“Most likely Epic will be the more mainstream version of Steam,” says Joost van Dreunen, the managing director of SuperData Research, a Nielsen company.

Van Dreunen talked to the New York Times about the Steam-dominated PC market.


Tom Clancy’s The Division 2, Epic Games Store exclusive

Here’s what’s at stake

According to Newzoo, PC games are expected to bring in $35.7 billion in 2019, up four percent from 2018.

47 percent of all studios sell their games on Steam, as per this year’s GDC study. For the majority of developers using the platform, Steam accounts for 75-100 percent of their sales revenue.

Being on a go-to storefront does not come cheap to developers. Steam takes 30 or 20 percent of all revenue generated by the game depending on the sales.

EGS enters the scene

That might change in the future, according to Van Dreunen, as Epic Games Store is uniquely positioned to challenge this status quo. What are the advantages at Epic’s disposal?

  • Tons of cash. As per SuperData estimates, Fortnite: Battle Royale has generated $3.9 billion in revenue or even more.
  • Focus on community building. “They’re going to be this social platform where there are going to be cool games but you are also going to be hanging out with your friends,” van Dreunen said.
  • Access to the Chinese market that Steam does not necessarily have.  Through Tencent that owns 40 percent of Epic, the store can tap into more than 300 million computer gamers.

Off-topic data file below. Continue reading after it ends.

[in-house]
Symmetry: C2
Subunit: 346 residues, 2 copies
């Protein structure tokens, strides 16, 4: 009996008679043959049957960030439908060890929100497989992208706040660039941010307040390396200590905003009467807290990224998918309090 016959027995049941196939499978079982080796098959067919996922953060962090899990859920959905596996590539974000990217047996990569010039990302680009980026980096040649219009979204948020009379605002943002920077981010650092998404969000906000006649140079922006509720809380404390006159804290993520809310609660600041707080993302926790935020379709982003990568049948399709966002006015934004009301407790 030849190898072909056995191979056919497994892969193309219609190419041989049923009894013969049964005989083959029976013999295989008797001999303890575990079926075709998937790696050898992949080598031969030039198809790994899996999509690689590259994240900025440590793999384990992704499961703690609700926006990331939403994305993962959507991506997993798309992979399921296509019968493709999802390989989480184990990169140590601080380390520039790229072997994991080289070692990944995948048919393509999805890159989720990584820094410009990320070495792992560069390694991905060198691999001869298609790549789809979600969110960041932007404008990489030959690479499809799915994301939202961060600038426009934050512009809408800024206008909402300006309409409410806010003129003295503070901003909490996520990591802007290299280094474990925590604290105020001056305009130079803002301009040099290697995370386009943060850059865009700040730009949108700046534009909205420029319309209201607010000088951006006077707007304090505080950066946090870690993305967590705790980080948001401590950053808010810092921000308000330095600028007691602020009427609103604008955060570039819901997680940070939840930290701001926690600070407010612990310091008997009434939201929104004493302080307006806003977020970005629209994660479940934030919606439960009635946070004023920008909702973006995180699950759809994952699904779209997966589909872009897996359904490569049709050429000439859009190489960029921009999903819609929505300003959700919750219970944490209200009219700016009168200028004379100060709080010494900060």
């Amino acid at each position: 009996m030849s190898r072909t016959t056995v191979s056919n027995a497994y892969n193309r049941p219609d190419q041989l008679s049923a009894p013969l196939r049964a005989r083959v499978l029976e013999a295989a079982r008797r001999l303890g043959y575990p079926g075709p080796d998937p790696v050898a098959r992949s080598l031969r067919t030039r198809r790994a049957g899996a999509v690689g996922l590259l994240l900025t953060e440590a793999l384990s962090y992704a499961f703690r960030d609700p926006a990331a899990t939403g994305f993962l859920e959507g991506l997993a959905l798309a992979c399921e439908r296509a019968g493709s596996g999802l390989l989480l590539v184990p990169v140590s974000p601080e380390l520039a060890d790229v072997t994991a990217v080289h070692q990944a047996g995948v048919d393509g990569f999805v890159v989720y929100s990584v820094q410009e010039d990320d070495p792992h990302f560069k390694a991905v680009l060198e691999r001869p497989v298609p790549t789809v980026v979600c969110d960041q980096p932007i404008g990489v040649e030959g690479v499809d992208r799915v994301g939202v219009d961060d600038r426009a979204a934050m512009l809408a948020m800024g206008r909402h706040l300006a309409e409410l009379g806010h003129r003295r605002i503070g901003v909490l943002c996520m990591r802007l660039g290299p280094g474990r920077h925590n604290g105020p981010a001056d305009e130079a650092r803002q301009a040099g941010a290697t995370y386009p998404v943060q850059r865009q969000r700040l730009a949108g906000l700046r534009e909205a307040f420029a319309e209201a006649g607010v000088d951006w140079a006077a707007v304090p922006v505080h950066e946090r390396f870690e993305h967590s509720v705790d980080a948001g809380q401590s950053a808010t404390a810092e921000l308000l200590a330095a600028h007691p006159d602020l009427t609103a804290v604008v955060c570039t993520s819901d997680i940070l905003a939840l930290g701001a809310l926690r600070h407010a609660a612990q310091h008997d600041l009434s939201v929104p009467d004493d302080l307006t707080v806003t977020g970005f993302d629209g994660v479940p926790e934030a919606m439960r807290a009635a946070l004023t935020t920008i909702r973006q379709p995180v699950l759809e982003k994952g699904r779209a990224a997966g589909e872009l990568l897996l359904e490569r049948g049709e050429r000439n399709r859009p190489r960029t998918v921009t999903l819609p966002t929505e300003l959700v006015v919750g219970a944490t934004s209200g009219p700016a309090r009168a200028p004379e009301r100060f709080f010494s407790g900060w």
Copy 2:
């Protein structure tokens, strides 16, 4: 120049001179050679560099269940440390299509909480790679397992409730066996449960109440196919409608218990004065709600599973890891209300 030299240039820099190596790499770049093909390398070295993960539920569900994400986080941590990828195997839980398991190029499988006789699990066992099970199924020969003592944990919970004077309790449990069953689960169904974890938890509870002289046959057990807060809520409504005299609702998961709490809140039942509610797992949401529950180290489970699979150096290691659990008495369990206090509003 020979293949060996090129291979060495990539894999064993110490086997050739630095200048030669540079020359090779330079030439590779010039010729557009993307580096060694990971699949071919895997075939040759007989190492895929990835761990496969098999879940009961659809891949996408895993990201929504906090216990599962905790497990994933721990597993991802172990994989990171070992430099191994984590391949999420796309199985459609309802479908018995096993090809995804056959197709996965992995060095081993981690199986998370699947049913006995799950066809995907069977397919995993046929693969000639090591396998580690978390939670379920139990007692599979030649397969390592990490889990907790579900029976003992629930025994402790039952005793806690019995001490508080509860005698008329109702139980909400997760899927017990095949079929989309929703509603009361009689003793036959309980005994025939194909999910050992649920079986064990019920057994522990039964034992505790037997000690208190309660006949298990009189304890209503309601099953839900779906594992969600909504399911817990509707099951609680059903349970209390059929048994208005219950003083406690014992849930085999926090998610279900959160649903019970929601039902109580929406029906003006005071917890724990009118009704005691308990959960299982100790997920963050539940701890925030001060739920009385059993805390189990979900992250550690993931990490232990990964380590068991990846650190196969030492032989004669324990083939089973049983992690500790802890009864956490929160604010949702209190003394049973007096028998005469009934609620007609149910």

• EGS only keeps 12 percent of game revenue. Additionally, Epic waives the 5 percent royalty fees if you used Epic’s Unreal Engine for your game.

Epic has been putting these advantages to some good use. Not only do many indies prefer Epic’s revenue share model, the company managed to get xclusivity deals for blockbusters, like Metro Exodus, Borderlands 3, The Outer Worlds, and Control.

Ubisoft that has been on Steam for years, decided to partner with Epic for the release of The Division 2.

“It’s unrealistic, the current business model that they [at Valve – Ed.] have. It doesn’t reflect where the world is today in terms of game distribution,” said Chris Early, Ubisoft’s vice president for partnerships and revenue.

We are yet to see how this turf war plays out between different stores. But the competition is good, right?

“What’s a Sony without a Microsoft and a Nintendo?” said Greg Kasavin, the creative director at Supergiant Games, whose title Hades has been EGS’s exclusive for a year. “The console cycles were always best when the rivalry is heated.”